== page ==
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5-year study shows 1,375% spike in exposures to edible cannabis in kids under 6

Study shows 1,375% spike in exposures to edible cannabis in young kids
Study shows 1,375% spike in exposures to edible cannabis in young kids 02:11

NEW YORK -- The legalization of marijuana has made it easier for adults to get their hands on pot, but it's also become easier for kids.

The long lines at the city's first legal marijuana dispensary highlight the demand for pot, but the availability of cannabis has led to a spike in the number of kids exposed to weed.

A five-year study published in Pediatrics Magazine found more than 7,040 exposures to edible cannabis in kids under 6. That's an increase of 1,375%.

"Kids don't tend to ingest pills because they don't taste good, but they will certainly go for a product that looks just like a chocolate bar or a gummy bear," said Dr. Carl Kaplan, with pediatric emergency medicine at Stony Brook Children's Hospital.

Kaplan says he's seen the spike firsthand.

"They're basically comatose. They're not responding to normal stimuli. They may only respond to some significant painful stimuli," he said.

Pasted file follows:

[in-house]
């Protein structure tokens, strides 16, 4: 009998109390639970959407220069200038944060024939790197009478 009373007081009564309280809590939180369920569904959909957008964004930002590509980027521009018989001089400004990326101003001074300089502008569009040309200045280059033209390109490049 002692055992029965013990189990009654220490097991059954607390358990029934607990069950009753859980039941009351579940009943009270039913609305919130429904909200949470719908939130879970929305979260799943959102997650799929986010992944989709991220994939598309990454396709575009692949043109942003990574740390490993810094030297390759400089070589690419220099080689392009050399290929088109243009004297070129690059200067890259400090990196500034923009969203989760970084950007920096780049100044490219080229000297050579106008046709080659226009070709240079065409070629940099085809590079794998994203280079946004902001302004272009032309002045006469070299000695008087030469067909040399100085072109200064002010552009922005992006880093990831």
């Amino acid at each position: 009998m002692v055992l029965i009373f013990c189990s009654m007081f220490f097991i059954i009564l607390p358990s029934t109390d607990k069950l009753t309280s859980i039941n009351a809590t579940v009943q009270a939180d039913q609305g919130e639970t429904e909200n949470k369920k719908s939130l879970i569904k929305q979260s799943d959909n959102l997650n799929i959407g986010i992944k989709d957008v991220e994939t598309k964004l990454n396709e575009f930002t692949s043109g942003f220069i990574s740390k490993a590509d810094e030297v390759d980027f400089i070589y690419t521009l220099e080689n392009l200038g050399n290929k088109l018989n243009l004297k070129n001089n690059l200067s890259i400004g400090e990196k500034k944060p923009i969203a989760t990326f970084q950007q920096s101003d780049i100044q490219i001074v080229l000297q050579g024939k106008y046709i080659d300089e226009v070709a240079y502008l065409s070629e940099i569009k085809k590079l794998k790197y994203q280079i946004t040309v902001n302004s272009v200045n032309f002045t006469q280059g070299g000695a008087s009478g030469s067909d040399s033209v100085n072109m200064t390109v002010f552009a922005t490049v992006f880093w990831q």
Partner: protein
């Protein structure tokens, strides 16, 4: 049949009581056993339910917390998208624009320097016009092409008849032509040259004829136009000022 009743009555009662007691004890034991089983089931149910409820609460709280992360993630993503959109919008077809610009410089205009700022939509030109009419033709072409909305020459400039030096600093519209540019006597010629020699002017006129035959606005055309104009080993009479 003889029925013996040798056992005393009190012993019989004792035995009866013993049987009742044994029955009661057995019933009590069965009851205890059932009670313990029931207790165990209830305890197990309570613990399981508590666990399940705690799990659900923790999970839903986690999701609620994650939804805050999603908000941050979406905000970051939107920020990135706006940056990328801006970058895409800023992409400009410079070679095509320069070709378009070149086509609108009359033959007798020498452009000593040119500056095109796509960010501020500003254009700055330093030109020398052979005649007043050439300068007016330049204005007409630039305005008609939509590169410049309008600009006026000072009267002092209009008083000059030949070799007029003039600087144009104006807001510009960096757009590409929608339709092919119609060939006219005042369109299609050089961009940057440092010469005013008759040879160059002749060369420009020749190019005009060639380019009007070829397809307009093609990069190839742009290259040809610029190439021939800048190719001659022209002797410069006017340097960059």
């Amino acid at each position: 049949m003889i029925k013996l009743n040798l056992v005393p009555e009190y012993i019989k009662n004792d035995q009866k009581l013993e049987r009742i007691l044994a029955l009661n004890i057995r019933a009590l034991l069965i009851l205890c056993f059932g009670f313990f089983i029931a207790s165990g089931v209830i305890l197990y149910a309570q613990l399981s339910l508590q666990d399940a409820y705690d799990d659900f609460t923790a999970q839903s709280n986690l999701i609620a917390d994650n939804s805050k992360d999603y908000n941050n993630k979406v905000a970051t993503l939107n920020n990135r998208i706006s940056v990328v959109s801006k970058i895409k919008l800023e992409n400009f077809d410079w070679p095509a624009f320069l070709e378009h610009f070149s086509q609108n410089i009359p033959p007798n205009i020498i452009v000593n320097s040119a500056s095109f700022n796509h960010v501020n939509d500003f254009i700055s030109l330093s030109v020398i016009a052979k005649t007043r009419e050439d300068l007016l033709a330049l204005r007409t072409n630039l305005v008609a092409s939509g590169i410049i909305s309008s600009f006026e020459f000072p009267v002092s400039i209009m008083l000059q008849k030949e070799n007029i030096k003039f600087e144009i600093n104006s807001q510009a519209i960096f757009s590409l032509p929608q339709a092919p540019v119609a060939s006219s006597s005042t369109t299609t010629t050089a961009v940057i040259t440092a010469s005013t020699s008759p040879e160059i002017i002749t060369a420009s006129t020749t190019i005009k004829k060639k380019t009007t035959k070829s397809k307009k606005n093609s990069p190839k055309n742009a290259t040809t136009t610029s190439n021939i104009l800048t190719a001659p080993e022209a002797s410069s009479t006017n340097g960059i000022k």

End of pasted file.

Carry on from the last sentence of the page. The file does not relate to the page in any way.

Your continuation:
He says most kids come in with breathing problems.

RELATED STORY: New York's first recreational cannabis dispensary opens at 4:20 p.m. in East Village

But the edibles that are sold at New York's first legal marijuana dispensary are very different then the ones you might see elsewhere, in places that aren't as regulated.

"When we keep access to marijuana edibles available and around children, it's a recipe for disaster," said David Gerber, an addiction specialist and founder of Sober at Home. "The potency of the THC in marijuana today, when children are consuming it, is not designed for children. It's designed for adults."

He and others emphasis safe storage. At Housing Works Dispensary, pamphlets on that topic are at the checkout.

"This, to me, is also a key thing as a mom, that, 'How am I going to actually keep my cannabis?'" Cannabis NYC founding director Dasheeda Dawson said.

Doctors meanwhile are also encouraging parents to be honest.

"We would much rather have that at the very beginning and know how to go about evaluating and managing this child," Kaplan said.

He says that would help medical professionals identify the problem without the need for invasive testing.

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